With Tu B'Shvat coming up, lets look at two Hebrew words for tree: etz עץ and ilan אילן.
I actually discussed the etymology of etz in the comments on my post for lute, in response to the question whether the Hebrew עץ is related to the Aramaic אע (of the same meaning):
Steinberg connects etz to a root עצה meaning "to bind, attach, strengthen", and is related to such other words as עצה / עצם - "to close (the eyes)", עצם - "to be strong, mighty", יעץ - "advise, give counsel", and עצב - "give form, shape".
Klein's etymology for עץ :
"Related to Phoen. עץ (= wood), Aram. אץ (dissimilated from עץ) , Egypt-Aram עק, Ugar 's, Arabic 'idah, Ethiopian 'ed, Akka isu (= tree, wood)."
Klein doesn't mention אע, but perhaps he feels it developed from אץ.
Kutscher, on the other hand, writes that really the Aramaic word should have been עע, but two guttural letters couldn't stay next to each other, and due to dissimilation, the first ע became an א.
Ilan is originally an Aramaic word, only appearing in the Tanach in the Aramaic section of the book of Daniel. Klein writes that it is related to the Hebrew elon אלון - "oak" (as in Alon Shvut). Elon is related to ela אלה - also meaning "oak, terebinth", and Klein connects all of them to the root אול - meaning "to be strong". This is similar to Steinberg's etymology of etz, and it's not surprising - a tree was (and still is) a symbol of strength. From אול we get the animal names ayil איל - "ram" and ayal - "deer". Klein writes that many once derived el אל - "god" from אול, but he does not find the argument convincing.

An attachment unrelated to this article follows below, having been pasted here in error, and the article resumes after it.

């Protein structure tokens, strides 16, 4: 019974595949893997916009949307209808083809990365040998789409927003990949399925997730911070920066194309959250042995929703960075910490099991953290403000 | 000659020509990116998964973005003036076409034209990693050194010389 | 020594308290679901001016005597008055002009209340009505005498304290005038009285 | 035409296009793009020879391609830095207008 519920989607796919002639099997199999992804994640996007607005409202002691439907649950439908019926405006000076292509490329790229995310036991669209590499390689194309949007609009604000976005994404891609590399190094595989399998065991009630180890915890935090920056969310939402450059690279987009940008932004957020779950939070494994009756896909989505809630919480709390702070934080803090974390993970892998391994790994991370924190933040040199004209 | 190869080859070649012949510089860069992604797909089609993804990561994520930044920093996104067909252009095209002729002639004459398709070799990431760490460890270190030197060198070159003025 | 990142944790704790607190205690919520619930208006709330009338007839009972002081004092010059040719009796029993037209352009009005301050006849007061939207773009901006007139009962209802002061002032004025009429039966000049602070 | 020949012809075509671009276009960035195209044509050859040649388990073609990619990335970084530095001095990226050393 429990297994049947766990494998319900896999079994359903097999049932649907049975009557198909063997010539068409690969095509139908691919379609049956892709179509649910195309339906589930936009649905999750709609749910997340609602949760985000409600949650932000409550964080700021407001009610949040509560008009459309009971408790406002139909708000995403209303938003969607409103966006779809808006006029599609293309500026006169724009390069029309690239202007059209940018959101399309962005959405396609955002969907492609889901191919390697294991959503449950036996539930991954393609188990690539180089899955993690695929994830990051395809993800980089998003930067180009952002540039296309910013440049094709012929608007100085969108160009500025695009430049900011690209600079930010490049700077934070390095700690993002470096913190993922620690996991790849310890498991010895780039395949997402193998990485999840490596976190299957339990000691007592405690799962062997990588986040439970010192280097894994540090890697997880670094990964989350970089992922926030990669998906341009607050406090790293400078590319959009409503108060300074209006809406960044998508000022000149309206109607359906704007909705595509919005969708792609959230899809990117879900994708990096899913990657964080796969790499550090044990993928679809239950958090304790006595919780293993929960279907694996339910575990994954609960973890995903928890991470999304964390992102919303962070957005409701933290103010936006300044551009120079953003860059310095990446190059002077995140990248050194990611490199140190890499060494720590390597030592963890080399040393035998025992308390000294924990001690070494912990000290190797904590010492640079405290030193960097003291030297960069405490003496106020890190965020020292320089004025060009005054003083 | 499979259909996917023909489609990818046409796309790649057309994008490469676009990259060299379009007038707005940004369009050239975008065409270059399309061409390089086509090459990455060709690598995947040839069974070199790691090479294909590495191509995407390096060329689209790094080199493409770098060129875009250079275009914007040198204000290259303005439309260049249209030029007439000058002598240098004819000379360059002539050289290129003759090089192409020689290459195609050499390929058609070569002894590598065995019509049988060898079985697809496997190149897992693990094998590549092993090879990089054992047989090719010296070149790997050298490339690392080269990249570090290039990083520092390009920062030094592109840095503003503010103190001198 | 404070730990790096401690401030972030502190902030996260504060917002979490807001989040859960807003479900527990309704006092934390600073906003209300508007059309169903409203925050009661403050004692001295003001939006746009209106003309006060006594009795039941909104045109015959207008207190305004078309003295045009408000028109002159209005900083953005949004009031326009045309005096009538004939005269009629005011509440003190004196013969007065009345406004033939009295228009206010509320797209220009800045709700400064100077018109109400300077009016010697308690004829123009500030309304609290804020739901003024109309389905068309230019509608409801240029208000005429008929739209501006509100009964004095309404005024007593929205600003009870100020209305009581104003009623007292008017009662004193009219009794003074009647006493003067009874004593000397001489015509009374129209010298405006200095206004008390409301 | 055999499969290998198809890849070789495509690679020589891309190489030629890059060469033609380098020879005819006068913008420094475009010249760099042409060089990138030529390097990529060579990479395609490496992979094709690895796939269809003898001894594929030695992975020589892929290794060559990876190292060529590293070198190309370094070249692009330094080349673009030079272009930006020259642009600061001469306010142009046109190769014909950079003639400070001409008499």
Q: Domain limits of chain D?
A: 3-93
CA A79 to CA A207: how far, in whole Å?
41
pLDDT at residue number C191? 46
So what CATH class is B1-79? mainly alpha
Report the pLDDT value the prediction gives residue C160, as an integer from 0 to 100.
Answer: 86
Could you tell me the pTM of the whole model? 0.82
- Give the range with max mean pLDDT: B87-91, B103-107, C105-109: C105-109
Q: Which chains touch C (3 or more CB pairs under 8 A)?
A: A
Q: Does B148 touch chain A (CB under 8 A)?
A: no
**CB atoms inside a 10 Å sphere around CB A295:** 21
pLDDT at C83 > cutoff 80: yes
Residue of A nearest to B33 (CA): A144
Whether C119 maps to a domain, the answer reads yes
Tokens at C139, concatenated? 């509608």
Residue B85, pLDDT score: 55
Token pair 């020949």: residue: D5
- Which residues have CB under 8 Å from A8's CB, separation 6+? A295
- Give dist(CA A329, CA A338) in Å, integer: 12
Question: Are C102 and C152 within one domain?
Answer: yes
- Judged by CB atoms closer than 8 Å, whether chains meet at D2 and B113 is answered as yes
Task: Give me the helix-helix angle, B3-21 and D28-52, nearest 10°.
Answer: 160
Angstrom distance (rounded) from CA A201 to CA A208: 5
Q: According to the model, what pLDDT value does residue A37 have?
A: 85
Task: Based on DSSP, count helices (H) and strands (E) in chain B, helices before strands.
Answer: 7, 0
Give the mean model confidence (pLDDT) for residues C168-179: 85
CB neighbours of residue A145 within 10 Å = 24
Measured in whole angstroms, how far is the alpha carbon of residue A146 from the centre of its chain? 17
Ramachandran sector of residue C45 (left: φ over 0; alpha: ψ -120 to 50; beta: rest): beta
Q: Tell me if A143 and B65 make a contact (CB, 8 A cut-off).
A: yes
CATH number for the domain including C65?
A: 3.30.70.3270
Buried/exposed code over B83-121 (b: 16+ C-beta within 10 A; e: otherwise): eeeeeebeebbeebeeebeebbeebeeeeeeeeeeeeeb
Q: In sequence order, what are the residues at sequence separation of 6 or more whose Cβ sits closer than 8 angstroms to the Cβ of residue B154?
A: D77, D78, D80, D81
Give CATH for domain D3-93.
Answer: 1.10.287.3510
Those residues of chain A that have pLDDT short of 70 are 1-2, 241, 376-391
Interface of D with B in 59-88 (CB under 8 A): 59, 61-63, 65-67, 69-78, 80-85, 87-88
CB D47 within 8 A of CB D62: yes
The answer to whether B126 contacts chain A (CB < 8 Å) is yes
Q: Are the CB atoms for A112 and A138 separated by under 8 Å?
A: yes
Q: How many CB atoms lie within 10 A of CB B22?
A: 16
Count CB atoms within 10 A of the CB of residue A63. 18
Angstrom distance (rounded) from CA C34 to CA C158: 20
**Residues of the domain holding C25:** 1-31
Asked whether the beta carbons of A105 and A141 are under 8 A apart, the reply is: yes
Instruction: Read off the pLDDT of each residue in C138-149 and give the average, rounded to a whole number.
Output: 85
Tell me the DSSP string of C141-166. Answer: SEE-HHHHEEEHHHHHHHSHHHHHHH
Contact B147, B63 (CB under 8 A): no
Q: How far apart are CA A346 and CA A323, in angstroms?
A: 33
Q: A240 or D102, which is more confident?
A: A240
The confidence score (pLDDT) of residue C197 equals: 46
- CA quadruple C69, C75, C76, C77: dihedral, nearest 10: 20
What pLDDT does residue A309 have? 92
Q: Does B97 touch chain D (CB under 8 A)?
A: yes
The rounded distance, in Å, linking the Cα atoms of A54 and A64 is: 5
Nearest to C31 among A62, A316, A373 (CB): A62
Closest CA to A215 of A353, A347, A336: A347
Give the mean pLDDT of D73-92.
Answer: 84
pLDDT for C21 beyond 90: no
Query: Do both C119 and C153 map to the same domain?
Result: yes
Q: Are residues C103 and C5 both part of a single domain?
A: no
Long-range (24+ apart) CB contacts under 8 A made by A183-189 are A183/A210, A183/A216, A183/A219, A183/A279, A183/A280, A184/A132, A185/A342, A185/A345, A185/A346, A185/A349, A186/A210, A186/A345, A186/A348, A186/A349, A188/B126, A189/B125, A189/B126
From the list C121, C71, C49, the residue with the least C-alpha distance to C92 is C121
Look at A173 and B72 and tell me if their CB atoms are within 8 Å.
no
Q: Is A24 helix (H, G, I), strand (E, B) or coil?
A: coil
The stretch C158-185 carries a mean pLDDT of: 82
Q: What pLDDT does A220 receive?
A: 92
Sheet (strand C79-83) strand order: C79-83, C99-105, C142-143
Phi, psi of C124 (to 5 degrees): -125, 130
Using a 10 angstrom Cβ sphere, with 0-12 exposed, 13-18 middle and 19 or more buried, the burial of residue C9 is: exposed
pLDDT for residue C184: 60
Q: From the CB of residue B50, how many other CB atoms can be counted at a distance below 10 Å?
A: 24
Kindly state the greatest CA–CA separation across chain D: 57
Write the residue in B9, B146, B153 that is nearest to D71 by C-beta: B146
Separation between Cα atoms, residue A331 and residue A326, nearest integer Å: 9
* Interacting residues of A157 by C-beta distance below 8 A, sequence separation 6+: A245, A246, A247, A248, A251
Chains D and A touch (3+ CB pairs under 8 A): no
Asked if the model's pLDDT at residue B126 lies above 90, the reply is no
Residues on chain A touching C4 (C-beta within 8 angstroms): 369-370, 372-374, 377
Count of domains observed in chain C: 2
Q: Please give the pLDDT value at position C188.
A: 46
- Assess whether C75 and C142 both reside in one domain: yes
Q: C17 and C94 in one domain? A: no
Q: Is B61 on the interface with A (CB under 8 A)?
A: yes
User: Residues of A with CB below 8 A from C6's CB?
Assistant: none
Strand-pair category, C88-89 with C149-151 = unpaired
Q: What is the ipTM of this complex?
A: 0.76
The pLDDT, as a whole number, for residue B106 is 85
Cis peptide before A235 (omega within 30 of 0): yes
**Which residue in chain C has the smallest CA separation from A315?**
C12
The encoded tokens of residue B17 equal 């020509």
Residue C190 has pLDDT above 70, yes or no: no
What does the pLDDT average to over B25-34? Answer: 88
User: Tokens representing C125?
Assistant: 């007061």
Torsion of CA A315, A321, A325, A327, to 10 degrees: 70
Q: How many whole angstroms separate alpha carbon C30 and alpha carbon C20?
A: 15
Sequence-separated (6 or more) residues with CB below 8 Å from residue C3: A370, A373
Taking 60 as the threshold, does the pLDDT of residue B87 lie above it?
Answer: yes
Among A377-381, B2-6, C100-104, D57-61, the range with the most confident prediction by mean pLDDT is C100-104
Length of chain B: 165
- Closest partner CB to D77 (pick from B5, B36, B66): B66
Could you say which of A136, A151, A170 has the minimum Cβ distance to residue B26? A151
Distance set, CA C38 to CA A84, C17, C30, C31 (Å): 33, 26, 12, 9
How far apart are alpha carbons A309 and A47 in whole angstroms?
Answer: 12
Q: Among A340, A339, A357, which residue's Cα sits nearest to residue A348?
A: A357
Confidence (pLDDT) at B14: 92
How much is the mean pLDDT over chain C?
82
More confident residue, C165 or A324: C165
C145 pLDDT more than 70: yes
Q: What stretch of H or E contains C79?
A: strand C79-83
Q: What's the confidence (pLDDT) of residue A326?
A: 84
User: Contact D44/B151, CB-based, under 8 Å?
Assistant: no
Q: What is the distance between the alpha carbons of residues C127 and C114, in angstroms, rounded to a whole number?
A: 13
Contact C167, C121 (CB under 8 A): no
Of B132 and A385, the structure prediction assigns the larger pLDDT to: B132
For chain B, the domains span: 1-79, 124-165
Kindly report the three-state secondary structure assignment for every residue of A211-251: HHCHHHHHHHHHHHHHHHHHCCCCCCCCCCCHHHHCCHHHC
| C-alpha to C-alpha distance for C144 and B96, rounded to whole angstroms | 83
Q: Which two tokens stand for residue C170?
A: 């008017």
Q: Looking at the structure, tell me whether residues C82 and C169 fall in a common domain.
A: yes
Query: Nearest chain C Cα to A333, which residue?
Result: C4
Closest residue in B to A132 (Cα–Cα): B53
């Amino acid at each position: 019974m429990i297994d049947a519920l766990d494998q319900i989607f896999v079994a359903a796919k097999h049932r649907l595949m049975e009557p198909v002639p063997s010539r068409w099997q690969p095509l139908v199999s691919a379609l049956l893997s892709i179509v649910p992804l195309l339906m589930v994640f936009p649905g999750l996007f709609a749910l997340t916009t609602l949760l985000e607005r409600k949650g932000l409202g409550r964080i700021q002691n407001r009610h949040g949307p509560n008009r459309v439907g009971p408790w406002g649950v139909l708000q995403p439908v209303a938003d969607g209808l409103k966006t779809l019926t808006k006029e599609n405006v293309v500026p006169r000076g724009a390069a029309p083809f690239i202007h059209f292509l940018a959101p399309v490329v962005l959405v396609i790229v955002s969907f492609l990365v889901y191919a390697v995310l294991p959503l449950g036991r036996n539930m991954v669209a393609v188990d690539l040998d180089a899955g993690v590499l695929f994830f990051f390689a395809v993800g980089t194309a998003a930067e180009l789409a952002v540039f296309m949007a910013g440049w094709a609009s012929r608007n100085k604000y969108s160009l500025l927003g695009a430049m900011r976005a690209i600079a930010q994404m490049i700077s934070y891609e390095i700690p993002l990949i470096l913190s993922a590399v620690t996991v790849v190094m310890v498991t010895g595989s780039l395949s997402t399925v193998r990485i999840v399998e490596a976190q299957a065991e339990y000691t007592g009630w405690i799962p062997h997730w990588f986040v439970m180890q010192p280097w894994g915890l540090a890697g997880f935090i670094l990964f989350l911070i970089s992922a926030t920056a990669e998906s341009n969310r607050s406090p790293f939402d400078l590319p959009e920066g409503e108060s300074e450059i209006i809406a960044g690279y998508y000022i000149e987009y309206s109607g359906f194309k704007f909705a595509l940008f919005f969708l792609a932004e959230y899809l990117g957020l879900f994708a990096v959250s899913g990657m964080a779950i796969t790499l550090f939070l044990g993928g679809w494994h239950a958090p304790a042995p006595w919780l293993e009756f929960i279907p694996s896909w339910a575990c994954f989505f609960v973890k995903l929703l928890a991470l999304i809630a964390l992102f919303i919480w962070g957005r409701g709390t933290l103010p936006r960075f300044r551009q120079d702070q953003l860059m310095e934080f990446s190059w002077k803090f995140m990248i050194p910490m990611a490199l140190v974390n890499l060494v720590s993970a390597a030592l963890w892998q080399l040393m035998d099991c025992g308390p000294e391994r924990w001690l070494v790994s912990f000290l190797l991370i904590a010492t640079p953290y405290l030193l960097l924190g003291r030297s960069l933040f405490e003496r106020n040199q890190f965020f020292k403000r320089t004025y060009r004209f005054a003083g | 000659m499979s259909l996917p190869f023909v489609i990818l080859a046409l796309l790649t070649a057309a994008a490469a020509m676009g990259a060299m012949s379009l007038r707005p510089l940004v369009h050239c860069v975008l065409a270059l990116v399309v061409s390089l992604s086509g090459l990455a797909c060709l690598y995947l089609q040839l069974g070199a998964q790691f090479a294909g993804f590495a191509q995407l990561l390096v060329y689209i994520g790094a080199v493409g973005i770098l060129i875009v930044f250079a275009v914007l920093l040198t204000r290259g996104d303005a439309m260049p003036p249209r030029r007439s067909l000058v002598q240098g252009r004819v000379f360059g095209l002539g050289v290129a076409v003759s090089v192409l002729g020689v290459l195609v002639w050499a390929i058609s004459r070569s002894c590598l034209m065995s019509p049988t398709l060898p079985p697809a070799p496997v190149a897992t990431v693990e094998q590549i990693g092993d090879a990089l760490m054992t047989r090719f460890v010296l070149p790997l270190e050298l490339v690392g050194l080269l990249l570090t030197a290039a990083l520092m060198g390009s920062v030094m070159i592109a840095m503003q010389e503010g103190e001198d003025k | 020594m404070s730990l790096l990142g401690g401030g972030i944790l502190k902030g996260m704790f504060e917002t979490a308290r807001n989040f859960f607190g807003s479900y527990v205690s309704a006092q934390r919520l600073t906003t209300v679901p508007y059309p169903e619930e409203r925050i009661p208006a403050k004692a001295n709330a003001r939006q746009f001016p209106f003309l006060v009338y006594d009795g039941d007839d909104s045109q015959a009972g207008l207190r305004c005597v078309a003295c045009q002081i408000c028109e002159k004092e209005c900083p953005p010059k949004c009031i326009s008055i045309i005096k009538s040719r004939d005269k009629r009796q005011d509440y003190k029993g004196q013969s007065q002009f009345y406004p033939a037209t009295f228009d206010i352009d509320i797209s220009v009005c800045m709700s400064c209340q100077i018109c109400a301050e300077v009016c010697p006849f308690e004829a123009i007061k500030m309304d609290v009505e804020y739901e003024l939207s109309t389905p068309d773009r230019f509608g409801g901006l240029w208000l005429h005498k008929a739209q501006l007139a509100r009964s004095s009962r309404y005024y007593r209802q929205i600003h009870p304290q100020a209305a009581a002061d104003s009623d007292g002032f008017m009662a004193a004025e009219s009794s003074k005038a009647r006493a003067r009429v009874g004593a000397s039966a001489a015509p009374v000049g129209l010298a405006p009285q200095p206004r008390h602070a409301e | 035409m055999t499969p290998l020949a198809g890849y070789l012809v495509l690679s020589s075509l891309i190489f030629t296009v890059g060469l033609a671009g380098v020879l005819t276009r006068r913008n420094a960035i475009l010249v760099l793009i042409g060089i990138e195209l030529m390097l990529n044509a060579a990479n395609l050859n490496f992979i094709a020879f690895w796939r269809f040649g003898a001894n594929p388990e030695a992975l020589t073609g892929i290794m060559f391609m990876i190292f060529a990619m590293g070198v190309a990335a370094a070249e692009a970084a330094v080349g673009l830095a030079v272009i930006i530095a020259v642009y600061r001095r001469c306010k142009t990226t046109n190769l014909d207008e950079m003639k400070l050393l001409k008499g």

Kutscher asks the question - "Why don't we call Tu B'Shvat 'Chag LaEtzim' instead of 'Chag LaIlanot' ?" His answer is that in Biblical Hebrew etz meant both "tree" and "wood". But in the times of Mishnaic Hebrew, ilan had entered into Hebrew from Aramaic, and now there was the ability to have two separate terms - etz for wood and ilan for tree.
This distinction can explain why Rashi on Bereshit 18:4 found it necessary to explain tachat haetz תחת העץ as tachat hailan תחת האילן. He was trying to point out that the guests sat under a tree, and not under a wooden roof.
There are of course some exceptions to this "rule" - most notably the blessing "borei pri haetz" בורא פרי העץ.
Modern Hebrew tends to prefer Biblical over Mishnaic Hebrew, and so we generally use the word etz for tree (except when talking about Tu B'Shvat.)